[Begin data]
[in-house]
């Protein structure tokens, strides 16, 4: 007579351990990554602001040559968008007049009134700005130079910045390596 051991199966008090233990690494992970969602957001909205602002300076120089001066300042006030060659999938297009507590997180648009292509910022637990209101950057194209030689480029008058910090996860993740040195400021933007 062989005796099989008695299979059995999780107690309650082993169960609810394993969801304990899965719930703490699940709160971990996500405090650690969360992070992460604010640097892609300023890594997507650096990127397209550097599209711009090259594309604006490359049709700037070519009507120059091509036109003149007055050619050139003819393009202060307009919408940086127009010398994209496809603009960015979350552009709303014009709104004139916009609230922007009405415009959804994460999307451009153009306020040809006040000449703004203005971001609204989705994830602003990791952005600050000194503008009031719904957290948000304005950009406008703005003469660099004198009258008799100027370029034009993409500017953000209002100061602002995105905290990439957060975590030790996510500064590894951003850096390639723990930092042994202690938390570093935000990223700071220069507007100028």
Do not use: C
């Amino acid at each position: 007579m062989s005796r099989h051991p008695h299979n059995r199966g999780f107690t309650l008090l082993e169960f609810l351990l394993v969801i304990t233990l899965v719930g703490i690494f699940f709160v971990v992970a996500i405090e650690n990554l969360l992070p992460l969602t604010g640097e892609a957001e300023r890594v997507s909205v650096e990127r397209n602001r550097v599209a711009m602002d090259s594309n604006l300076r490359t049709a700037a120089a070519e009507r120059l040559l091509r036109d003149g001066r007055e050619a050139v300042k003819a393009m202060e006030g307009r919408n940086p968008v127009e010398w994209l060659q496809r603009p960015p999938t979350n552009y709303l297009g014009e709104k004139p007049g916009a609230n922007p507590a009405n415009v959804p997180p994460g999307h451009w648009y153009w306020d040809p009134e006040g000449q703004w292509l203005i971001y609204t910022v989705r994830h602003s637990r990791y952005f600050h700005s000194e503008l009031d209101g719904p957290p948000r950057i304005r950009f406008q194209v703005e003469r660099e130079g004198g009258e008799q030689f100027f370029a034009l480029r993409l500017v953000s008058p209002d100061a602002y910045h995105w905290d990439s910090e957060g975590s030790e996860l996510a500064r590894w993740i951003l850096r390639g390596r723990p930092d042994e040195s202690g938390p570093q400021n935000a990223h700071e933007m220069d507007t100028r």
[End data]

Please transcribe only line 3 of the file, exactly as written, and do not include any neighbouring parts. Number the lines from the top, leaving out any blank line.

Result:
Do not use: C